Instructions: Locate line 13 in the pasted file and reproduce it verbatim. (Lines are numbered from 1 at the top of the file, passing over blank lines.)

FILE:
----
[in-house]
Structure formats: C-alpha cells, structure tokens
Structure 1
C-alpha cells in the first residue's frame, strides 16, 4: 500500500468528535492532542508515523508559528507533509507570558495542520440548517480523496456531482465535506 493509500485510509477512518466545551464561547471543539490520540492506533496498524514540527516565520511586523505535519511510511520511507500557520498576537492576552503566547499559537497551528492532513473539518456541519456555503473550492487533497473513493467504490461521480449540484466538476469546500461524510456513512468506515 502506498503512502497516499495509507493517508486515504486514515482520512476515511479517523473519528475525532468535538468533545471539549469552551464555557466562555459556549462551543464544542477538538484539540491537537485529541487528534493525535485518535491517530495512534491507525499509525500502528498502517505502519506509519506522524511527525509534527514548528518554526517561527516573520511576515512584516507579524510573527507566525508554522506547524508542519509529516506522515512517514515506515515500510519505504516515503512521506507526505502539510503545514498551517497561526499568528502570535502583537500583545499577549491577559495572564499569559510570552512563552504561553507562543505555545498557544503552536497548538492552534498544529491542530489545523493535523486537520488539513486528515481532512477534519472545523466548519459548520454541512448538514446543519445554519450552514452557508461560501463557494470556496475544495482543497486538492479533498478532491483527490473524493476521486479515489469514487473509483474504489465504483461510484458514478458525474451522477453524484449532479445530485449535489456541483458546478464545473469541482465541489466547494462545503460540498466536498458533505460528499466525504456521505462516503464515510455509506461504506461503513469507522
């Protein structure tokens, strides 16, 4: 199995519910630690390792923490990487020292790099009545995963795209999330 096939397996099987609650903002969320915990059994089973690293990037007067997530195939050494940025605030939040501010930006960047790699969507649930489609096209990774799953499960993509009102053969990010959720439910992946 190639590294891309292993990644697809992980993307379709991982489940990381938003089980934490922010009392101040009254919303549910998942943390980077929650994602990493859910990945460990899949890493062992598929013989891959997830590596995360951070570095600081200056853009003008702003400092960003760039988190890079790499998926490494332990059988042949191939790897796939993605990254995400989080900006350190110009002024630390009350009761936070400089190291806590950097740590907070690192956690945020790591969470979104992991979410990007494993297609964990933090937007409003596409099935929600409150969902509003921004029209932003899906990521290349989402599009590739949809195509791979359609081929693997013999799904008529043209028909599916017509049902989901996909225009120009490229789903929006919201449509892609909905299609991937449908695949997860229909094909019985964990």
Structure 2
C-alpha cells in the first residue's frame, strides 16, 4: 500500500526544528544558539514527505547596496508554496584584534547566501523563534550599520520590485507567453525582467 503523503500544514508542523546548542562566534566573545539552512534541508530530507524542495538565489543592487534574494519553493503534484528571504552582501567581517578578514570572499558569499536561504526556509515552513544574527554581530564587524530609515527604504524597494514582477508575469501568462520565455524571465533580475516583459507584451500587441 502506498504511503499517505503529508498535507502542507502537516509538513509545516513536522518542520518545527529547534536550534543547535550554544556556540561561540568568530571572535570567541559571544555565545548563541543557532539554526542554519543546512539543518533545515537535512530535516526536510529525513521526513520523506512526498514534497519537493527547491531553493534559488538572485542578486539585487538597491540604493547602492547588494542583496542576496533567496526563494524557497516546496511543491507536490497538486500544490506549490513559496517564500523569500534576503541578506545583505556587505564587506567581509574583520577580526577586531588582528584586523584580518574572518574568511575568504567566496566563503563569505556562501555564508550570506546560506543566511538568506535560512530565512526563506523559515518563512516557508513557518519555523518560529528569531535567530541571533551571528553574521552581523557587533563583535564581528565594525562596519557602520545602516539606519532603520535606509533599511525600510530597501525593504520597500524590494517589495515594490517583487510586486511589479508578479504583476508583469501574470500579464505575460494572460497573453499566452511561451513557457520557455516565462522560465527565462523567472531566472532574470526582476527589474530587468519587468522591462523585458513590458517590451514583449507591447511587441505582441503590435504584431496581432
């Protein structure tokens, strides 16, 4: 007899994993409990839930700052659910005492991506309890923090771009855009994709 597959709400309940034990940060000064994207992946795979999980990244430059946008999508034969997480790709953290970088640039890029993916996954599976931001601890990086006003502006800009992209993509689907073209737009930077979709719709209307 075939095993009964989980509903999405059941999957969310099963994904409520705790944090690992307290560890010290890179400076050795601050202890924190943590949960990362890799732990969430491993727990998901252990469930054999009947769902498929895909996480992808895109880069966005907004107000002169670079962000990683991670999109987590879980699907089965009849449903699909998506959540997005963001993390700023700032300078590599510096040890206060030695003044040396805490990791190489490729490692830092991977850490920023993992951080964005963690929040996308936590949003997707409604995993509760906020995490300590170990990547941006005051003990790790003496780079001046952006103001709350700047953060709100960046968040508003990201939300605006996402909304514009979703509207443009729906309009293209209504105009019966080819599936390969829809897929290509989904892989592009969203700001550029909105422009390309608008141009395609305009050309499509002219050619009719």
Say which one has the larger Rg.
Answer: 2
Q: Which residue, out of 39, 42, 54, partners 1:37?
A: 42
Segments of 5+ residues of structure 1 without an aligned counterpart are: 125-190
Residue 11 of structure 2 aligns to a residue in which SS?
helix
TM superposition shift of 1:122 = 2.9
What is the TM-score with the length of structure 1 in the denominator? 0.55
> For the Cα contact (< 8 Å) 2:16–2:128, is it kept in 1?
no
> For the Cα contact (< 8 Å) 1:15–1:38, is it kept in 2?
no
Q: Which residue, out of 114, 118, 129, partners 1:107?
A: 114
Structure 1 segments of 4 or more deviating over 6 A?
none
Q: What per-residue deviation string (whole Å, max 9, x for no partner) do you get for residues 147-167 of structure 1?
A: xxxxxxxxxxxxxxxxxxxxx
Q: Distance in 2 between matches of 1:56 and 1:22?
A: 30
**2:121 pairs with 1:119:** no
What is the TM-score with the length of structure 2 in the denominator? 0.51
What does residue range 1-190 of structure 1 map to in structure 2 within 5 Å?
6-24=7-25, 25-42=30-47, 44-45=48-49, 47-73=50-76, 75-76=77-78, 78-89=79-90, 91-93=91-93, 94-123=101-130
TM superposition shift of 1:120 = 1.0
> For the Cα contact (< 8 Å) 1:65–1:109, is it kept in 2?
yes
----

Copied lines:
Segments of 5+ residues of structure 1 without an aligned counterpart are: 125-190